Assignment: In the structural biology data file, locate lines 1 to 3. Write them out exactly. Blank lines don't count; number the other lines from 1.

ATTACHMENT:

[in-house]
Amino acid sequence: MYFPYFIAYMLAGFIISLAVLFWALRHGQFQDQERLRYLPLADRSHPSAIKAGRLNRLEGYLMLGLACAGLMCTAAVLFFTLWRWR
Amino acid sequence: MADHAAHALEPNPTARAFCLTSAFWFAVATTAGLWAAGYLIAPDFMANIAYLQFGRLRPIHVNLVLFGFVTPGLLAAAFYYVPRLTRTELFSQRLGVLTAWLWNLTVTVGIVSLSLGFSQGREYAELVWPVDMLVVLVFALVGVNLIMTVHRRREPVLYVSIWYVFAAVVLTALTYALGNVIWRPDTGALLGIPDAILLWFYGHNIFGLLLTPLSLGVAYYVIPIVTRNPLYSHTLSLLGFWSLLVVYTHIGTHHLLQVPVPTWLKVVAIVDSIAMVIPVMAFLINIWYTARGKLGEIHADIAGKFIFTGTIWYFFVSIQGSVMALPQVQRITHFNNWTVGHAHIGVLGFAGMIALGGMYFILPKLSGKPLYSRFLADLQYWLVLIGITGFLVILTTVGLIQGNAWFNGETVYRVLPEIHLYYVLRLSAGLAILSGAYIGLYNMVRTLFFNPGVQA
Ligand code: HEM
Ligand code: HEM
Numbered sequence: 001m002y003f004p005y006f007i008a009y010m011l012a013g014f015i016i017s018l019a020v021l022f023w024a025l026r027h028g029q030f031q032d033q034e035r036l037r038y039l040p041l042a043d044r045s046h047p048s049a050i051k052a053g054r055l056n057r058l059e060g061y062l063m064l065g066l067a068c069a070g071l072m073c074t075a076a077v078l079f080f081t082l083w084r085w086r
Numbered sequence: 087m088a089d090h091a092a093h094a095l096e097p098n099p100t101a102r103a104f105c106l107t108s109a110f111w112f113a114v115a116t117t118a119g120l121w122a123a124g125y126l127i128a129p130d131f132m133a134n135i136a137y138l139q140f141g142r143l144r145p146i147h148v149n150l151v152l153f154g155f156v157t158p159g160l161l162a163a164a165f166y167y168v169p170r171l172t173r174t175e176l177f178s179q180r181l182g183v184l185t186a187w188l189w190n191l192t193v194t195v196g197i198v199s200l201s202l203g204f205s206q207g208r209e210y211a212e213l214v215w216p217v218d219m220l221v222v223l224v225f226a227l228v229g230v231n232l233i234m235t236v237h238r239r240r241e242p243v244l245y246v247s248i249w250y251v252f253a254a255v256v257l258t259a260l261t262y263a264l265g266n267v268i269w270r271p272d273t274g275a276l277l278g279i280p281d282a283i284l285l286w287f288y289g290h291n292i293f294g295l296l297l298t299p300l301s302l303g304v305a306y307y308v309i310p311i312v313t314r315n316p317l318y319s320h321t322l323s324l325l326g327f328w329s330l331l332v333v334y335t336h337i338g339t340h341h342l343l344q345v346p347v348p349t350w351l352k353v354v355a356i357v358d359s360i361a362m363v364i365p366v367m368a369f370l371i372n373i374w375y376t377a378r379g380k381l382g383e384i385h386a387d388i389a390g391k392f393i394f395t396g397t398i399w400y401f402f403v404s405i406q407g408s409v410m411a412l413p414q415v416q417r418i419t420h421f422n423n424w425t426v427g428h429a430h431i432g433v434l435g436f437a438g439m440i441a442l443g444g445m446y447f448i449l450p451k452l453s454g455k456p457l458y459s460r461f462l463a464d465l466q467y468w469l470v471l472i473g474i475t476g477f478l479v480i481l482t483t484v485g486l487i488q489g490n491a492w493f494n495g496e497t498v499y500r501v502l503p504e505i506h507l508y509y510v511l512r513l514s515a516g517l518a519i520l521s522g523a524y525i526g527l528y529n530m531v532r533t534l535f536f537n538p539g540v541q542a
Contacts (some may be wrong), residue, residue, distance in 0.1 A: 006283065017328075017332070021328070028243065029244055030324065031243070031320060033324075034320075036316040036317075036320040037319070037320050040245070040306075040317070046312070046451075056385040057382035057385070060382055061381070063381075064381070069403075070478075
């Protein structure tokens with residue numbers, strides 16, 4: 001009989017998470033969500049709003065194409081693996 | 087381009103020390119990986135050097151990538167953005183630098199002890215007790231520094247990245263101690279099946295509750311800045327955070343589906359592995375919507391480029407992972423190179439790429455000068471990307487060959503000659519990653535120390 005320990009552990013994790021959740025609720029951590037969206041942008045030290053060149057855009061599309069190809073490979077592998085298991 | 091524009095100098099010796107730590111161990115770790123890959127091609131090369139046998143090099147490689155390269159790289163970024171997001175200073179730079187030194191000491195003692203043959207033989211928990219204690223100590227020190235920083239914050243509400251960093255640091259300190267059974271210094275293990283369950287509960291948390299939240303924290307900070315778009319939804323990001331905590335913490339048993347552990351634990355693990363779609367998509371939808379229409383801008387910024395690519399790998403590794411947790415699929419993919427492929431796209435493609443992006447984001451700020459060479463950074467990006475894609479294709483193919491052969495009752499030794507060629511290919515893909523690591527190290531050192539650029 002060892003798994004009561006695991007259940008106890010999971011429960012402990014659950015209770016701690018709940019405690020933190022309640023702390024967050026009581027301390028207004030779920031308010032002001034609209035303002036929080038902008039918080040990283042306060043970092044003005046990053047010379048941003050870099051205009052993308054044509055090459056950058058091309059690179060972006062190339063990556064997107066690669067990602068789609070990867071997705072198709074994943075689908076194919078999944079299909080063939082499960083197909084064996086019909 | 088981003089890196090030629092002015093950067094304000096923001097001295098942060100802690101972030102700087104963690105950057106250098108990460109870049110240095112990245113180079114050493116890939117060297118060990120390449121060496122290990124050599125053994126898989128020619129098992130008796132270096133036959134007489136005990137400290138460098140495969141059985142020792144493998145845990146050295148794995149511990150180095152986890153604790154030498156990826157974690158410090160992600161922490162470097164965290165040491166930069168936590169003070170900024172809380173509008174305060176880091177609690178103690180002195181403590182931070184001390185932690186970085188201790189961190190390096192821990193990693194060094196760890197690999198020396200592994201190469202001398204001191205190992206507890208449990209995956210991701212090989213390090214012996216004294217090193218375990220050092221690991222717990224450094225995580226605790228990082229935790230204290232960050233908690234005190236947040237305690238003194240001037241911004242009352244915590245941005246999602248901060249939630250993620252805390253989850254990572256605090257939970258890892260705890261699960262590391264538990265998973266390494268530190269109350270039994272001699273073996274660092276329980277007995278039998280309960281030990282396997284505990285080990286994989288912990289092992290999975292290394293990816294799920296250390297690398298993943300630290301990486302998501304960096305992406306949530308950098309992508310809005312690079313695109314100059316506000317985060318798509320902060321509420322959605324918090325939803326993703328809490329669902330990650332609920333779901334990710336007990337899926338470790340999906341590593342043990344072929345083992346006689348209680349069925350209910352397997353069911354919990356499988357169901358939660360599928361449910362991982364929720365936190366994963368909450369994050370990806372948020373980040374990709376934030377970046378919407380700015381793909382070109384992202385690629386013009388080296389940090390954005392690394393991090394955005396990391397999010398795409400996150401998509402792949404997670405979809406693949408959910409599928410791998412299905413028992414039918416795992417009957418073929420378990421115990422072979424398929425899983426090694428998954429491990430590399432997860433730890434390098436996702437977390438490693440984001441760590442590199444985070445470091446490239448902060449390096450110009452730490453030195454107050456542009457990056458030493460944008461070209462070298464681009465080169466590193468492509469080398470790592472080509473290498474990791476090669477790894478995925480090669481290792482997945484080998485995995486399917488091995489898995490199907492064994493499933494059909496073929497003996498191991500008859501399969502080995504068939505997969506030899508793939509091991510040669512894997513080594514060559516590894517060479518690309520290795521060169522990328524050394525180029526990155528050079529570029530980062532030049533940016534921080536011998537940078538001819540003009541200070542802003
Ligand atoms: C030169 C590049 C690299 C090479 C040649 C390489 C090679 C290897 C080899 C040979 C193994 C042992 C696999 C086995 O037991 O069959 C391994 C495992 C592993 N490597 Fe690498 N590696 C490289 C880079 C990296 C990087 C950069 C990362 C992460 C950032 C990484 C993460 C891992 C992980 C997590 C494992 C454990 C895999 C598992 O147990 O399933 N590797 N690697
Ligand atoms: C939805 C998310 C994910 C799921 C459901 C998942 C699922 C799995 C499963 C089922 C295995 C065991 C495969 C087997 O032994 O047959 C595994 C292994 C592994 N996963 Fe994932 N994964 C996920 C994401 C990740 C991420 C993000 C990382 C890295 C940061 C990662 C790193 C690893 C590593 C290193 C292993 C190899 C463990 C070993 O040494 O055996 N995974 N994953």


[in-house]
Amino acid sequence: MYFPYFIAYMLAGFIISLAVLFWALRHGQFQDQERLRYLPLADRSHPSAIKAGRLNRLEGYLMLGLACAGLMCTAAVLFFTLWRWR
Amino acid sequence: MADHAAHALEPNPTARAFCLTSAFWFAVATTAGLWAAGYLIAPDFMANIAYLQFGRLRPIHVNLVLFGFVTPGLLAAAFYYVPRLTRTELFSQRLGVLTAWLWNLTVTVGIVSLSLGFSQGREYAELVWPVDMLVVLVFALVGVNLIMTVHRRREPVLYVSIWYVFAAVVLTALTYALGNVIWRPDTGALLGIPDAILLWFYGHNIFGLLLTPLSLGVAYYVIPIVTRNPLYSHTLSLLGFWSLLVVYTHIGTHHLLQVPVPTWLKVVAIVDSIAMVIPVMAFLINIWYTARGKLGEIHADIAGKFIFTGTIWYFFVSIQGSVMALPQVQRITHFNNWTVGHAHIGVLGFAGMIALGGMYFILPKLSGKPLYSRFLADLQYWLVLIGITGFLVILTTVGLIQGNAWFNGETVYRVLPEIHLYYVLRLSAGLAILSGAYIGLYNMVRTLFFNPGVQA